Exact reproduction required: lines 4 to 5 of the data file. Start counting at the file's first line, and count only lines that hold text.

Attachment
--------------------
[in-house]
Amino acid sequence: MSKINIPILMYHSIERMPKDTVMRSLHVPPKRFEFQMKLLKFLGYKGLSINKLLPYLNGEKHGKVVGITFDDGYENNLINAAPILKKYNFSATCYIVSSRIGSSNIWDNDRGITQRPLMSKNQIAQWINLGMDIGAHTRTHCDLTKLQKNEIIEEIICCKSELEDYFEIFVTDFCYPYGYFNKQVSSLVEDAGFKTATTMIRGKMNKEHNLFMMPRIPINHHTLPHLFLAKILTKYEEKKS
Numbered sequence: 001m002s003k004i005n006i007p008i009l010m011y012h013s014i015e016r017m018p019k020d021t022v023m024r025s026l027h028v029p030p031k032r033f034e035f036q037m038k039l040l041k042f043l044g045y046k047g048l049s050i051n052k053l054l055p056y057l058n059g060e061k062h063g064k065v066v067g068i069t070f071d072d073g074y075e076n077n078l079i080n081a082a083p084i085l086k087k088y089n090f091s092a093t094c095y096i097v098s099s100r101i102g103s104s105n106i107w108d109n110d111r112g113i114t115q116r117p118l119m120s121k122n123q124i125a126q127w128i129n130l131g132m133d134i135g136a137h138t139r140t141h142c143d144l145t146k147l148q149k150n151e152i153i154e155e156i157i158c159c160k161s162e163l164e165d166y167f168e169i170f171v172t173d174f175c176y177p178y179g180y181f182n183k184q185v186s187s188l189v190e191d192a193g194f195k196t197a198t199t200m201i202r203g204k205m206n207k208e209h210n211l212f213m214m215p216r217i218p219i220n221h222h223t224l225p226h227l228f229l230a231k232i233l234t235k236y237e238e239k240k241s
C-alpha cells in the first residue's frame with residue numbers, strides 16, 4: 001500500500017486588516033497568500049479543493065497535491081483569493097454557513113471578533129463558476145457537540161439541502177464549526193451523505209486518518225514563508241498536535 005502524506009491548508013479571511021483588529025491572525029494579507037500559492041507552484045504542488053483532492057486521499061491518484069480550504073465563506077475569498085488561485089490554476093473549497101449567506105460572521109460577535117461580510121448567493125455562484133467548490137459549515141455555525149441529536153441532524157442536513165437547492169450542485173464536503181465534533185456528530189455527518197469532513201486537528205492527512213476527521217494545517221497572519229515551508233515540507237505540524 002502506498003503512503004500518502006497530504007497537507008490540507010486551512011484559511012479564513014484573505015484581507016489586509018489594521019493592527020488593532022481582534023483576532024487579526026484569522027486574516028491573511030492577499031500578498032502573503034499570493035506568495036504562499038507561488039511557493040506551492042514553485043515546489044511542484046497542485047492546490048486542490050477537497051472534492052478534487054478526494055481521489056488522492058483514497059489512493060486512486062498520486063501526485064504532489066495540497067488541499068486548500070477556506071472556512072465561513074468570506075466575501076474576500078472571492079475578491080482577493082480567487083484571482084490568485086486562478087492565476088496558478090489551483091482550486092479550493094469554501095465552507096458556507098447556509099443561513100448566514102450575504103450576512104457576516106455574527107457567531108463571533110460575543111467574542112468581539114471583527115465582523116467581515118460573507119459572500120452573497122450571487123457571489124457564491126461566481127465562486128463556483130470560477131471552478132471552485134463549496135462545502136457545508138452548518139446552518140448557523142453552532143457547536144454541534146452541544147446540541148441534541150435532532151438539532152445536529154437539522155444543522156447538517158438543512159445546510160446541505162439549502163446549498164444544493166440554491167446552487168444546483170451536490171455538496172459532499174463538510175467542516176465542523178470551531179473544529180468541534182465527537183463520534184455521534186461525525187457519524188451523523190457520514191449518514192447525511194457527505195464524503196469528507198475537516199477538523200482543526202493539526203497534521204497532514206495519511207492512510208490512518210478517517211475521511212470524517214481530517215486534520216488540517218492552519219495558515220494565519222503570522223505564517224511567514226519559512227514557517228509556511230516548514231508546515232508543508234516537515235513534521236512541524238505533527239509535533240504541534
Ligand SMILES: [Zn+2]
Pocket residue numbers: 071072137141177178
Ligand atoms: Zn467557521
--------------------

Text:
C-alpha cells in the first residue's frame with residue numbers, strides 16, 4: 001500500500017486588516033497568500049479543493065497535491081483569493097454557513113471578533129463558476145457537540161439541502177464549526193451523505209486518518225514563508241498536535 005502524506009491548508013479571511021483588529025491572525029494579507037500559492041507552484045504542488053483532492057486521499061491518484069480550504073465563506077475569498085488561485089490554476093473549497101449567506105460572521109460577535117461580510121448567493125455562484133467548490137459549515141455555525149441529536153441532524157442536513165437547492169450542485173464536503181465534533185456528530189455527518197469532513201486537528205492527512213476527521217494545517221497572519229515551508233515540507237505540524 002502506498003503512503004500518502006497530504007497537507008490540507010486551512011484559511012479564513014484573505015484581507016489586509018489594521019493592527020488593532022481582534023483576532024487579526026484569522027486574516028491573511030492577499031500578498032502573503034499570493035506568495036504562499038507561488039511557493040506551492042514553485043515546489044511542484046497542485047492546490048486542490050477537497051472534492052478534487054478526494055481521489056488522492058483514497059489512493060486512486062498520486063501526485064504532489066495540497067488541499068486548500070477556506071472556512072465561513074468570506075466575501076474576500078472571492079475578491080482577493082480567487083484571482084490568485086486562478087492565476088496558478090489551483091482550486092479550493094469554501095465552507096458556507098447556509099443561513100448566514102450575504103450576512104457576516106455574527107457567531108463571533110460575543111467574542112468581539114471583527115465582523116467581515118460573507119459572500120452573497122450571487123457571489124457564491126461566481127465562486128463556483130470560477131471552478132471552485134463549496135462545502136457545508138452548518139446552518140448557523142453552532143457547536144454541534146452541544147446540541148441534541150435532532151438539532152445536529154437539522155444543522156447538517158438543512159445546510160446541505162439549502163446549498164444544493166440554491167446552487168444546483170451536490171455538496172459532499174463538510175467542516176465542523178470551531179473544529180468541534182465527537183463520534184455521534186461525525187457519524188451523523190457520514191449518514192447525511194457527505195464524503196469528507198475537516199477538523200482543526202493539526203497534521204497532514206495519511207492512510208490512518210478517517211475521511212470524517214481530517215486534520216488540517218492552519219495558515220494565519222503570522223505564517224511567514226519559512227514557517228509556511230516548514231508546515232508543508234516537515235513534521236512541524238505533527239509535533240504541534
Ligand SMILES: [Zn+2]